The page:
At top law schools, law profs with PhDs and little legal experience become more common
The nation’s top law schools are increasingly hiring professors with both JDs and PhDs, according to a new study.
About 29 percent of the tenure-track faculties at the nation’s 26 top-ranked law schools hold JDs and PhDs, according to the research by University of California at Los Angeles law professor Lynn LoPucki. In recent hires, the trend is accelerating. The Vokokh Conspiracy (sub. req.) summarizes the findings.
LoPucki’s study found that, from 2011 to 2015, 48 percent of entry-level hires at the top law schools had both degrees. Since the beginning of 2014, 67 percent of the schools’ entry-level hires had both degrees.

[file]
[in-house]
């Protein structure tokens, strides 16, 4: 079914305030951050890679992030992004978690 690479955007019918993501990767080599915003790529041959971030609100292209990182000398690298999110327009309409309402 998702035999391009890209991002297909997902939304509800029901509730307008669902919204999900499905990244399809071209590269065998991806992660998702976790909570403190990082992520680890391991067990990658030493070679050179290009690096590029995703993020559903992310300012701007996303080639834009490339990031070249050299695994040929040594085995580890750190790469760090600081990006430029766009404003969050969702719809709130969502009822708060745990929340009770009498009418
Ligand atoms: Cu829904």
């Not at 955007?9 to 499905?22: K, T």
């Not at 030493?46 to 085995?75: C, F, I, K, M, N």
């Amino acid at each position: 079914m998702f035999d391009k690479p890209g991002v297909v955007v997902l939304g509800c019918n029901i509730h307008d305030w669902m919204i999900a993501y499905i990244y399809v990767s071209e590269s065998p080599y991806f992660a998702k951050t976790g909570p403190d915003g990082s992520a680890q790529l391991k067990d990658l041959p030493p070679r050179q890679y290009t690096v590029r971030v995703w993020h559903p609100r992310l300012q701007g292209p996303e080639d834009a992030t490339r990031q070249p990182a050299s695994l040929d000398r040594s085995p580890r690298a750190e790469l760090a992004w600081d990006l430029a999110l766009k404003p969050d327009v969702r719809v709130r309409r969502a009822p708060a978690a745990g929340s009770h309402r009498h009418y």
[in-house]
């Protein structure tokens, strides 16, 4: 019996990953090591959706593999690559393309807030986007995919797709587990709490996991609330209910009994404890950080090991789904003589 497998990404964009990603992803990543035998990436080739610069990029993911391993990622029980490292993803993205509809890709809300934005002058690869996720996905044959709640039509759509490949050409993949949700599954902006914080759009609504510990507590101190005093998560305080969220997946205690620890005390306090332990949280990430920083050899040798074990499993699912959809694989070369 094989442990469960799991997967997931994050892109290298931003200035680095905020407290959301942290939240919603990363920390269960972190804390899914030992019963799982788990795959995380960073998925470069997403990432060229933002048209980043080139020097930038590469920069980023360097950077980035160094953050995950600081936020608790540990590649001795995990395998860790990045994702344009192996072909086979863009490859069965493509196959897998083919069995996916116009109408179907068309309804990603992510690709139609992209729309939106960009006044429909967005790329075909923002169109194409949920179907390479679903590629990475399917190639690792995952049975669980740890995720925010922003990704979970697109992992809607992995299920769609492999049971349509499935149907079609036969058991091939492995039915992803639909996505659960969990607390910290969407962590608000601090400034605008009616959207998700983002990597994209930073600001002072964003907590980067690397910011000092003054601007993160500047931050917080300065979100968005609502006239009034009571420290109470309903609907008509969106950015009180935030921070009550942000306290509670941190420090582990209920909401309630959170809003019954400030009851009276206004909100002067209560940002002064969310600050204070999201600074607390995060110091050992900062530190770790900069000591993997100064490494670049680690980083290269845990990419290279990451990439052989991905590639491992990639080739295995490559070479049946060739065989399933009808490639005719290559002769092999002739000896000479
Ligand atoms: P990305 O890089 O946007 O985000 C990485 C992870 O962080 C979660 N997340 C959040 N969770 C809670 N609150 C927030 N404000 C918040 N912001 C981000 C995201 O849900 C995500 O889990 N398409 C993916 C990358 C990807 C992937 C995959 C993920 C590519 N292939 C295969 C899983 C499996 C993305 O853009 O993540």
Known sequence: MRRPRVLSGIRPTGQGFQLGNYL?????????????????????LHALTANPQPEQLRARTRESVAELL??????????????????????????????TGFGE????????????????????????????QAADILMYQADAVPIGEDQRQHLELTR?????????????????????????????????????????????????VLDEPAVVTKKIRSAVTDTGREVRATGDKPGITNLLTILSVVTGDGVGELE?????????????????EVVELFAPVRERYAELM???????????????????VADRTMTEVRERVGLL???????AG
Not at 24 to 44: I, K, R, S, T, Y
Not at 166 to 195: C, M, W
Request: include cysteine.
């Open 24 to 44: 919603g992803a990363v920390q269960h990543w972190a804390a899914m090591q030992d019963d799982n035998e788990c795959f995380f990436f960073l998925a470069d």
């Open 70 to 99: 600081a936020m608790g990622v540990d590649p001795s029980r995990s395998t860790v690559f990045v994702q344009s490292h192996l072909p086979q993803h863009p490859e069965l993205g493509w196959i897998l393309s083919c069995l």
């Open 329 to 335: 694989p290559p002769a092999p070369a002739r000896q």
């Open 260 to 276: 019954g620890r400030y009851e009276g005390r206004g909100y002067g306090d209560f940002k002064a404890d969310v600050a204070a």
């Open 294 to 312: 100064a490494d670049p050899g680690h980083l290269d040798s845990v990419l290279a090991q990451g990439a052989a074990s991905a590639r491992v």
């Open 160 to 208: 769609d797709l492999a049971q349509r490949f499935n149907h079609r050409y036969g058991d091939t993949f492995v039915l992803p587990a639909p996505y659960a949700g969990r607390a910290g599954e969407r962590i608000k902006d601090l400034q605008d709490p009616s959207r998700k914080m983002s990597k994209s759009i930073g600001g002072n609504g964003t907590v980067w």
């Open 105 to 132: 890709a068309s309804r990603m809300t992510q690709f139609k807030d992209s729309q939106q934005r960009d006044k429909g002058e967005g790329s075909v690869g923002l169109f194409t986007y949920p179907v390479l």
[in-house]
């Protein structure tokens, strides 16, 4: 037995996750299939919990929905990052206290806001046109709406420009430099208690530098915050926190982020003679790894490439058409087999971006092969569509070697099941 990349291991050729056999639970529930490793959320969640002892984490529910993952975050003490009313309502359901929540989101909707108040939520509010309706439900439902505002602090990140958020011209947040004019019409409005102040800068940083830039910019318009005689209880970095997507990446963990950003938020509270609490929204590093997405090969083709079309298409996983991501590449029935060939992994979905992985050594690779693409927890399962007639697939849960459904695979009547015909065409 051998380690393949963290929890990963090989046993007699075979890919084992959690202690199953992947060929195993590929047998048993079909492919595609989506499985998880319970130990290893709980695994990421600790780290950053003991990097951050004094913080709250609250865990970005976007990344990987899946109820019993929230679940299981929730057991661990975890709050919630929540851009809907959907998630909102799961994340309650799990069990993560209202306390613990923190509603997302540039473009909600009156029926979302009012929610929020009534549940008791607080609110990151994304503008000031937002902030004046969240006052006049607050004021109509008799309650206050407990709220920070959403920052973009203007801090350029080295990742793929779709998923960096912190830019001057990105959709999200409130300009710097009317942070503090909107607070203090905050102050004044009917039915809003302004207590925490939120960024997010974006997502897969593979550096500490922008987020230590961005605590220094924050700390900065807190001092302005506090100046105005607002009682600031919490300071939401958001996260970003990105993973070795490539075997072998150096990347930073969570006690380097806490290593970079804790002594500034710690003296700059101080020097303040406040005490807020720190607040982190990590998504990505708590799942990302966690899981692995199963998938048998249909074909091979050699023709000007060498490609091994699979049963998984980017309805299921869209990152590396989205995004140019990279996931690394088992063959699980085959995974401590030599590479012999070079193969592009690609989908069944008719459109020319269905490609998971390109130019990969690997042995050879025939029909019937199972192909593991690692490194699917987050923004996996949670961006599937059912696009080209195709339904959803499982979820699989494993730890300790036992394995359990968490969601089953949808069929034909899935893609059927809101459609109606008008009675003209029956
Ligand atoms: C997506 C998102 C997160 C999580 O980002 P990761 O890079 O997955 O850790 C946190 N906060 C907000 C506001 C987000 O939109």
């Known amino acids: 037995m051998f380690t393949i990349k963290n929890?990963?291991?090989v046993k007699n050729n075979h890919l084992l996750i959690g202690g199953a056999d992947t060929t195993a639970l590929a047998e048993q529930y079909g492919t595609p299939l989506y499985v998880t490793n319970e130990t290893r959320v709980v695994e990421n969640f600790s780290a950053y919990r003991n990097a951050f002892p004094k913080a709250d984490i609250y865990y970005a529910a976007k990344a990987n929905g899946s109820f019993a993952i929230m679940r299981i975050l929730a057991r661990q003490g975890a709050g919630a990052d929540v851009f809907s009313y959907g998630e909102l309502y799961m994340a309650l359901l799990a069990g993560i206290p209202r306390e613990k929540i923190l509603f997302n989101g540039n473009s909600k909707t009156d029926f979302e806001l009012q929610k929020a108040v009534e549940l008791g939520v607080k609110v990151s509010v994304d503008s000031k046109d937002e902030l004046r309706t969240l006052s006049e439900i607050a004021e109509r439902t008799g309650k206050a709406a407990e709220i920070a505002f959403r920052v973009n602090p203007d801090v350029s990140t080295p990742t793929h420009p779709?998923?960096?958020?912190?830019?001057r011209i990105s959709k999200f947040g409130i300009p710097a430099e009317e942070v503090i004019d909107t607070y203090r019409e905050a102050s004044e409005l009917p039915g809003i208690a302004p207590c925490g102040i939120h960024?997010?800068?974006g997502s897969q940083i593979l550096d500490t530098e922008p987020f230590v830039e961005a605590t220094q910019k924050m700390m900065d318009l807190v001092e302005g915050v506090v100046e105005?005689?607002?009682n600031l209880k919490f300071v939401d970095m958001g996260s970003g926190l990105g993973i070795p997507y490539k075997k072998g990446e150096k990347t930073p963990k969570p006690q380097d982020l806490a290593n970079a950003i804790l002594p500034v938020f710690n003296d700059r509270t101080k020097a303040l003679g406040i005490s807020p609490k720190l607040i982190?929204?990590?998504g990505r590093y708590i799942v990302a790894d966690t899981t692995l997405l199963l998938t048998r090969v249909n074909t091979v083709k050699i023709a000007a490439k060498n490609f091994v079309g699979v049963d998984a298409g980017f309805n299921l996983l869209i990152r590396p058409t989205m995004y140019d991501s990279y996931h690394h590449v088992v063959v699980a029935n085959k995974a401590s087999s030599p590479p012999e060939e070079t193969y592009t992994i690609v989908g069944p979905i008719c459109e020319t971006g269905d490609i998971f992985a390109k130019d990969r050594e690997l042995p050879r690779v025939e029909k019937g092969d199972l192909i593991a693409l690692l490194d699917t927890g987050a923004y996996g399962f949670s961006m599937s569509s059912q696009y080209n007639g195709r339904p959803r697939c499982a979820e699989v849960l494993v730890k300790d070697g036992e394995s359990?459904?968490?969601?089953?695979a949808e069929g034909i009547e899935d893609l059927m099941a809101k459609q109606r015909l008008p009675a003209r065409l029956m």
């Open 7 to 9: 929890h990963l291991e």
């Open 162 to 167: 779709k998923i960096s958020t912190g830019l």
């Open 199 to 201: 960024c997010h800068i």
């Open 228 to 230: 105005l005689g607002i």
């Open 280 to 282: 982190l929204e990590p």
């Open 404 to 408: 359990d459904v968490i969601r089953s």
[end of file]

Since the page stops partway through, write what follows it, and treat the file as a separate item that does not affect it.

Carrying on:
From 2011 to 2015, entry-level hires with both degrees had slightly less than a year of legal practice experience on average, compared to 3.6 years on average for those with JDs only. If clerkships are combined with law practice experience, the new hires with both degrees had 1.7 years of experience and the JD-only hires had 4.8 years of experience.
“Those hired on the JD-only track are increasingly likely to have legal experience (defined as law practice plus clerking) and likely to have more of it,” LoPucki writes, “while those hired on the JD-PhD track are decreasingly likely to have legal experience and likely to have less of it.”